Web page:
The Trump administration has let funding for Obamacare's $63 million in-person outreach program lapse, leading to layoffs and confusion among nonprofits that enroll vulnerable populations in coverage.
"I have delivered 10 layoff notices to staff members," says Donna Friedsam, director of Covering Wisconsin. "We don't have a funding flow anymore."
The government had previously announced it would cut the budget for Obamacare's navigator program by 41 percent. But right now, the program has no funding at all. Last year's grants ran out on September 1, and the administration still has not awarded next year's money.The sudden funding halt comes at a critical time for the Affordable Care Act. Navigator groups were just beginning to ramp up outreach for the health law's open enrollment period, which begins November 1. Now, some have done an about-face: They've canceled outreach work and appointments with potential enrollees because they have no budget to cover those costs.
These groups often work with the most vulnerable populations enrolled under the Affordable Care Act. One-third of those who seek in-person help signing up for coverage do not have internet at home, and one in 10 do not speak English.
Navigator organizations say the administration has not made clear when the 2018 funding will arrive, although it could be as late as September 30. Health and Human Services, which oversees the program, has said that this funding will notbe retroactive, meaning there may be no budget for activities this month, according to three navigators who have spoken with officials there.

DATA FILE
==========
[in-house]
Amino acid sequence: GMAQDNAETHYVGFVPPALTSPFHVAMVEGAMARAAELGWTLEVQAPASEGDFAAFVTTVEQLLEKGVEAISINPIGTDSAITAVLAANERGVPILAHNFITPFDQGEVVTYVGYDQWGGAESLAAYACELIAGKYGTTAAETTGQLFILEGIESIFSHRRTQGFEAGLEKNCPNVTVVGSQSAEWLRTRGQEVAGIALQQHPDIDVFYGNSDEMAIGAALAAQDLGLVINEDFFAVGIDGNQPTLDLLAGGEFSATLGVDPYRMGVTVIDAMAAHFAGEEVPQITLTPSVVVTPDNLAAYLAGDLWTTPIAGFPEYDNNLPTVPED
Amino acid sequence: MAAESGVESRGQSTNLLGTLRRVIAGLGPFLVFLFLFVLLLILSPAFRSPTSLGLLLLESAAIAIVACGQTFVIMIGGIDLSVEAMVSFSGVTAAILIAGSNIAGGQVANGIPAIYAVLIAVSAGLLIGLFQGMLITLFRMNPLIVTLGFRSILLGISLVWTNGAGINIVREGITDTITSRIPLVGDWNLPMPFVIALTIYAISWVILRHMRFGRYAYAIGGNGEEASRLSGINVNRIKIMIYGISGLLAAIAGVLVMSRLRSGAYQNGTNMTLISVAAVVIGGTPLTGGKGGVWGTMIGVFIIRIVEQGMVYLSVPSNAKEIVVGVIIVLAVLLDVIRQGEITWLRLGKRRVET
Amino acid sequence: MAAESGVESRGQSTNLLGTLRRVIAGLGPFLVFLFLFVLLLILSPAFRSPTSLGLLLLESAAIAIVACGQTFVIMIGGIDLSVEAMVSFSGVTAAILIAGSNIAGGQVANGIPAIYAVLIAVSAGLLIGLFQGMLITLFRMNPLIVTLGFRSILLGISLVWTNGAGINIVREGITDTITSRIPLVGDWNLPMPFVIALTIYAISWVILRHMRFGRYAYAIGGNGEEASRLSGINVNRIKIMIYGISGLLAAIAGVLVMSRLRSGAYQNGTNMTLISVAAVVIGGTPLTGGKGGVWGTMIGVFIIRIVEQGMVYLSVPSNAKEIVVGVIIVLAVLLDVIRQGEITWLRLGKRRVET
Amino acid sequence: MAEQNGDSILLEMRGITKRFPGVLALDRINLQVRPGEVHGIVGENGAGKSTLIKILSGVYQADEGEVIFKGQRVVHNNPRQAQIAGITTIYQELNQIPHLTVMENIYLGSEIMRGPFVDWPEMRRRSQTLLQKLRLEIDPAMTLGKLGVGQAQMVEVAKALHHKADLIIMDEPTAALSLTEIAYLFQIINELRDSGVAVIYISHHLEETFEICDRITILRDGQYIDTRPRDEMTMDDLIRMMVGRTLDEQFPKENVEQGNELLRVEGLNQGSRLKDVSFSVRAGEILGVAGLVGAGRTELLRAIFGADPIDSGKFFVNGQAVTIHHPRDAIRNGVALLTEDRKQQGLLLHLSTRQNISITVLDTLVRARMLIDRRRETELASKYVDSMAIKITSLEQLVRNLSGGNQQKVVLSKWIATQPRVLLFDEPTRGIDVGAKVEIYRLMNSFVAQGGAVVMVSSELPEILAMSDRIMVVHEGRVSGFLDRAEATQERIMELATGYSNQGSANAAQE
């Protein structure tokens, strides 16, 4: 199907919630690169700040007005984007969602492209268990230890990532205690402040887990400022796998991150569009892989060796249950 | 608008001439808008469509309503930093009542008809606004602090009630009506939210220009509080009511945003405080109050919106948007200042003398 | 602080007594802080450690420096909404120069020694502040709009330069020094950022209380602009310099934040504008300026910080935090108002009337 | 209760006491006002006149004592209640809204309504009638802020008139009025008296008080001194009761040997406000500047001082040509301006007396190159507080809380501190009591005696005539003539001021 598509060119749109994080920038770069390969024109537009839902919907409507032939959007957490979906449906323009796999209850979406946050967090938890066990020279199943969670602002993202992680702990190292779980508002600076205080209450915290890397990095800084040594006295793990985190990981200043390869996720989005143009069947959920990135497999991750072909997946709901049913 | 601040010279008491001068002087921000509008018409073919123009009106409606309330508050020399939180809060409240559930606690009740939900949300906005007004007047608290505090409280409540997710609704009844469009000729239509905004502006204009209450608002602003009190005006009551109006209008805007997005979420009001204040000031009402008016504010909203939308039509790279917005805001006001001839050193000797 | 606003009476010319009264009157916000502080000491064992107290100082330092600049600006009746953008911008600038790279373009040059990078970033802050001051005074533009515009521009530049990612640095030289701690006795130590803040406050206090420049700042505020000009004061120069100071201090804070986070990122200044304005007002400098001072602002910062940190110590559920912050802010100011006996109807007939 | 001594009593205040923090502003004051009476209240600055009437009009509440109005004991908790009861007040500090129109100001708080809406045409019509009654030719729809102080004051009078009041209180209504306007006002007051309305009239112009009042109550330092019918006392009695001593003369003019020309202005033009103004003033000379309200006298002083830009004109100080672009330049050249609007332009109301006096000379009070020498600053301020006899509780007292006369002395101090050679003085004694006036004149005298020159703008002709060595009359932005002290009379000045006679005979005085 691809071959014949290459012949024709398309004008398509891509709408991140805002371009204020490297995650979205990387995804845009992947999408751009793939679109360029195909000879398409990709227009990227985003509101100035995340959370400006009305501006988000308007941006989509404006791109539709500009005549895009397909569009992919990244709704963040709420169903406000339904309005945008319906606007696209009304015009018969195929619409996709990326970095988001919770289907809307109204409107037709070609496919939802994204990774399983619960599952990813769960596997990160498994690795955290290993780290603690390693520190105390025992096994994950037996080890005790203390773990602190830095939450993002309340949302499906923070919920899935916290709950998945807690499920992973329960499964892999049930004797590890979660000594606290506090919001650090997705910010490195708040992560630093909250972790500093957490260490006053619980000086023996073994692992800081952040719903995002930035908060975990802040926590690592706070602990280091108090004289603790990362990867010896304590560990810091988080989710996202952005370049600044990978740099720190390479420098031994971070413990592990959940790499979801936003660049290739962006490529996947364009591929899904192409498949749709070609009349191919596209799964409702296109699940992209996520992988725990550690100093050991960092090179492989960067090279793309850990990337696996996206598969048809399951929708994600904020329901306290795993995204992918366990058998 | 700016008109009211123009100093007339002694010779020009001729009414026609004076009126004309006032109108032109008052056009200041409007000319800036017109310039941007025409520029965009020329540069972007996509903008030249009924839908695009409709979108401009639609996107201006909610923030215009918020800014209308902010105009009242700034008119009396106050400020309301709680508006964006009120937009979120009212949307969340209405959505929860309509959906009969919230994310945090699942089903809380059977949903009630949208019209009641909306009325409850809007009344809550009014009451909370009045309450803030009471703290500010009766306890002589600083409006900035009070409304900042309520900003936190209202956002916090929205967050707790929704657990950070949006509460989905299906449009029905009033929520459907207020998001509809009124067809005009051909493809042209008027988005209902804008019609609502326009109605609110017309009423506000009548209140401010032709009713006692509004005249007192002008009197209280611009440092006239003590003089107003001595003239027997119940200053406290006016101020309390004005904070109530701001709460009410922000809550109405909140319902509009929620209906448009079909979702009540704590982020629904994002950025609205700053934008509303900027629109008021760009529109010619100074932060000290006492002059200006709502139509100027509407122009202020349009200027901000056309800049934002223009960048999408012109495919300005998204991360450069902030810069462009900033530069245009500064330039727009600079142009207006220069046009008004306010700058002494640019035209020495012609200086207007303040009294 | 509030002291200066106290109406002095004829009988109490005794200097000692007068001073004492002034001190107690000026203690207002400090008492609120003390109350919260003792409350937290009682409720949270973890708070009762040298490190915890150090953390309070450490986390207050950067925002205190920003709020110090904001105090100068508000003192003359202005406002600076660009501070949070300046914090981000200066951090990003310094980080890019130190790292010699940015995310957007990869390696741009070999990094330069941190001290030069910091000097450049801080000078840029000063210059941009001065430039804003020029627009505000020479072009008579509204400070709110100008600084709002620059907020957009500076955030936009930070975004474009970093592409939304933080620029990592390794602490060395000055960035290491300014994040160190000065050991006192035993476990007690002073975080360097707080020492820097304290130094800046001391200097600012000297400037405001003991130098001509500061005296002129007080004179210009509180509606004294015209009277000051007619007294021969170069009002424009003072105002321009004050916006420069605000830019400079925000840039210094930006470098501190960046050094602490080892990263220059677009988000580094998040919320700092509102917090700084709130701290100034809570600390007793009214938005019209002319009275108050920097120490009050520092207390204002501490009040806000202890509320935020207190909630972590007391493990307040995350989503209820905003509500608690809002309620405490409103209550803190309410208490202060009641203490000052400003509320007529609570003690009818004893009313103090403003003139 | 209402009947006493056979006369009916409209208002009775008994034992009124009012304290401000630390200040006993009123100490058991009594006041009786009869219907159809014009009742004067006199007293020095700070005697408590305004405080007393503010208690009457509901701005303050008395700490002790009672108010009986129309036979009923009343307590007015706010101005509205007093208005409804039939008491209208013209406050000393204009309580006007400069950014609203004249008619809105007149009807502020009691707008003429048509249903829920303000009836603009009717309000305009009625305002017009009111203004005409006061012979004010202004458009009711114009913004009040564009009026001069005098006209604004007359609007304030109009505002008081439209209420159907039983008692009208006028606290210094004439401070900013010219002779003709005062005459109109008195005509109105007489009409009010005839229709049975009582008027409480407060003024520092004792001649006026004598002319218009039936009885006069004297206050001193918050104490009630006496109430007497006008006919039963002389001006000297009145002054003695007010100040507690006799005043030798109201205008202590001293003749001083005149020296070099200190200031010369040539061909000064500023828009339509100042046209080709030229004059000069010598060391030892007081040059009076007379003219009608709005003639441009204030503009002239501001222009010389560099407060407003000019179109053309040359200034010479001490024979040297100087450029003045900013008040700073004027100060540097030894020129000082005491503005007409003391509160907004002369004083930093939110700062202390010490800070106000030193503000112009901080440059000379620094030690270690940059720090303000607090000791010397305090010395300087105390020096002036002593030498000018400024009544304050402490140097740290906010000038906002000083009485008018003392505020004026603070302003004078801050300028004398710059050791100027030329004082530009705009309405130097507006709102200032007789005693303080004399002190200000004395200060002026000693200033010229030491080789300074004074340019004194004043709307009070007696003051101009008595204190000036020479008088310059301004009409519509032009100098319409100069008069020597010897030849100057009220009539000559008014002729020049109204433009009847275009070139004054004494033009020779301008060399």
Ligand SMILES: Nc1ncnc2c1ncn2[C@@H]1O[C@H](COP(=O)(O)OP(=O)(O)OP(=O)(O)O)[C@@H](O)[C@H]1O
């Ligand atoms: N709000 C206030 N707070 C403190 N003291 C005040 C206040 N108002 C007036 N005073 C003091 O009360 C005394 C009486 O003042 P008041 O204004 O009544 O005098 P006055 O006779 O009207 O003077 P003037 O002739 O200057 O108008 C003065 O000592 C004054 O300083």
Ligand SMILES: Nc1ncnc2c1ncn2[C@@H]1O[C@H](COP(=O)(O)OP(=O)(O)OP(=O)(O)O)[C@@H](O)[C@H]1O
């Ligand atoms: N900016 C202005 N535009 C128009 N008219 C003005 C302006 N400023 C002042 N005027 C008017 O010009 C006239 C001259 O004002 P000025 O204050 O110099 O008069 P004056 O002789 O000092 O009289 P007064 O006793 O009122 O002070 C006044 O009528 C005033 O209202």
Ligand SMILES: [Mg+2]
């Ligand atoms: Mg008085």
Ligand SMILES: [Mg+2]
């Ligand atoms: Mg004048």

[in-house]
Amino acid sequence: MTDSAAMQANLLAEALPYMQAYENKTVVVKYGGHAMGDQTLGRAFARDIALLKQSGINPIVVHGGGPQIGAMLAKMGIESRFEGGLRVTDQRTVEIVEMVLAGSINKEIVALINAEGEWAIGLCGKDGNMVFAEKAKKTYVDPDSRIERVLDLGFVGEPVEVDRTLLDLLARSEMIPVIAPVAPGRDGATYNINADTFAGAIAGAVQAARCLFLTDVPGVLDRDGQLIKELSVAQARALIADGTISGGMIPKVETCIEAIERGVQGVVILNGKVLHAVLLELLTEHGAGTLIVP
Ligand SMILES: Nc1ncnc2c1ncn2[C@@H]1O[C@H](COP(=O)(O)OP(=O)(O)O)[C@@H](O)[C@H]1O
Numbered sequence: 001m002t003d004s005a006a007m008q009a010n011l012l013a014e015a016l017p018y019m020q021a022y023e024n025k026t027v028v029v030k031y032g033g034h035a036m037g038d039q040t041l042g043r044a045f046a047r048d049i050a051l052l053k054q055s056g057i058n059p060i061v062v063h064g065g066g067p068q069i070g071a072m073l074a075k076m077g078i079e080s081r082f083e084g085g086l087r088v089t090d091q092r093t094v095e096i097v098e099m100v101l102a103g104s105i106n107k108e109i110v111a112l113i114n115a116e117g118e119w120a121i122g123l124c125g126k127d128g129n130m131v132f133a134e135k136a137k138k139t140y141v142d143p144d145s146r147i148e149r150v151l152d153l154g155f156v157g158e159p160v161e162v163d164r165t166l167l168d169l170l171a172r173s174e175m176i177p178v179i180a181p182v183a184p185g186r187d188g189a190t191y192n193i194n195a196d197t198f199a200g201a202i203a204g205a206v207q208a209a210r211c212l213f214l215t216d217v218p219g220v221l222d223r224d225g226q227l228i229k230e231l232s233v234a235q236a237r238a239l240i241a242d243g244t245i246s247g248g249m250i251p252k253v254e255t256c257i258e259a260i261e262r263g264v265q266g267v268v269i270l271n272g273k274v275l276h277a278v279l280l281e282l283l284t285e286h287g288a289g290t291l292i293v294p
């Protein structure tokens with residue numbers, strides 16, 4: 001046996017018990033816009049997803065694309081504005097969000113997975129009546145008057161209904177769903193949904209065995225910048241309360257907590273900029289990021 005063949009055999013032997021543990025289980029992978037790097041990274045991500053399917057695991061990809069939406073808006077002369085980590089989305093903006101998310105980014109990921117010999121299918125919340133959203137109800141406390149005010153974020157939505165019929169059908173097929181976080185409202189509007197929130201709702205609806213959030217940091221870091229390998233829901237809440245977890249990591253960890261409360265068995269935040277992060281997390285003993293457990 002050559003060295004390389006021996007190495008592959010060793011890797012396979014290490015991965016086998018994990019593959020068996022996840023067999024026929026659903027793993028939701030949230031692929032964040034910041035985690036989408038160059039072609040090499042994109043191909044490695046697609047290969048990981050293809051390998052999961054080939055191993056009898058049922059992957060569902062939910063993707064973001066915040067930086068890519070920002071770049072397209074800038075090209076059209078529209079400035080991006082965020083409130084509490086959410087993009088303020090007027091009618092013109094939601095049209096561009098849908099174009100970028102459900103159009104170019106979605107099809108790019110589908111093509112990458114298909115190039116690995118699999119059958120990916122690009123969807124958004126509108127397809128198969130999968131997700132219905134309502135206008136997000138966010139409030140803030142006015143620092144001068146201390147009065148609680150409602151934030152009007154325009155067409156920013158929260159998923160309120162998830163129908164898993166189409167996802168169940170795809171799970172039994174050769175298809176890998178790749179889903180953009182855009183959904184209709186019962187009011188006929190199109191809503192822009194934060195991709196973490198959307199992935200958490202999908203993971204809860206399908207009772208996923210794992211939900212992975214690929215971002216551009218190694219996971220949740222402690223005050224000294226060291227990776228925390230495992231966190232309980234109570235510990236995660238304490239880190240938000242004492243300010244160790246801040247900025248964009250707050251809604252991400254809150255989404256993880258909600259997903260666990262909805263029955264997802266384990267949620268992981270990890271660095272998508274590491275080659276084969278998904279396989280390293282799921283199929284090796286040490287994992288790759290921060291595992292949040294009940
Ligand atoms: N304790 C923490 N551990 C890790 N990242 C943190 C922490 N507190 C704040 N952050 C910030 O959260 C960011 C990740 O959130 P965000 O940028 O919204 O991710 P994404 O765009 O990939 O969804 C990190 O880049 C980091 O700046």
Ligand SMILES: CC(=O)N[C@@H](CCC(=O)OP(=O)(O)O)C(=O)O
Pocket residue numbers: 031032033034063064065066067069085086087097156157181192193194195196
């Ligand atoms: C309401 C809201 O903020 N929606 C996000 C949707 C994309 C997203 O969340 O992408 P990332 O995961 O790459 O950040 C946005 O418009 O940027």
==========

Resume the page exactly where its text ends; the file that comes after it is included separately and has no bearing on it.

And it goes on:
"As someone who has worked on many federal grants, this is really unusual," Friedsam says. "Usually if the grant letter shows up late, it still goes back to the project start date. The Trump administration is essentially saying, you need to deconstruct your organization on September 1 and reconstruct it on whatever day we provide funding. In what world is that possible?"
Letting the Obamacare outreach budget lapse goes well beyond the promised 40 percent budget cut. It means that, right now, enrollment groups currently have no budget at all — and no resources to prepare for an open enrollment season that begins in 54 days.
Trump initially planned to cut the budget for Obamacare outreach. But right now, there's no budget at all.
The Obama administration spent $62.5 million in 2016 providing grants to nonprofits and health clinics to help Americans sign up for health coverage. This "navigator" program paid enrollment workers to assist with enrollment and advertise the open enrollment period to their community (through things like phone calls and health fairs).
The Trump administration announced on August 31 it would reduce the navigator program's budget to $36 million. It will focus its budget cuts on the navigator grantees that have fallen short of their enrollment goals. A navigator grantee, for example, who only hit 30 percent of its enrollment goal this year will get just 30 percent of its expected budget for next year (no grantees will be defunded entirely — the first HHS official said they'd set a floor of $10,000 for all participants).
Navigator grantees expected that their new, smaller budgets for 2018 would follow that August 31 announcement because the 2017 budget was set to run out September 1.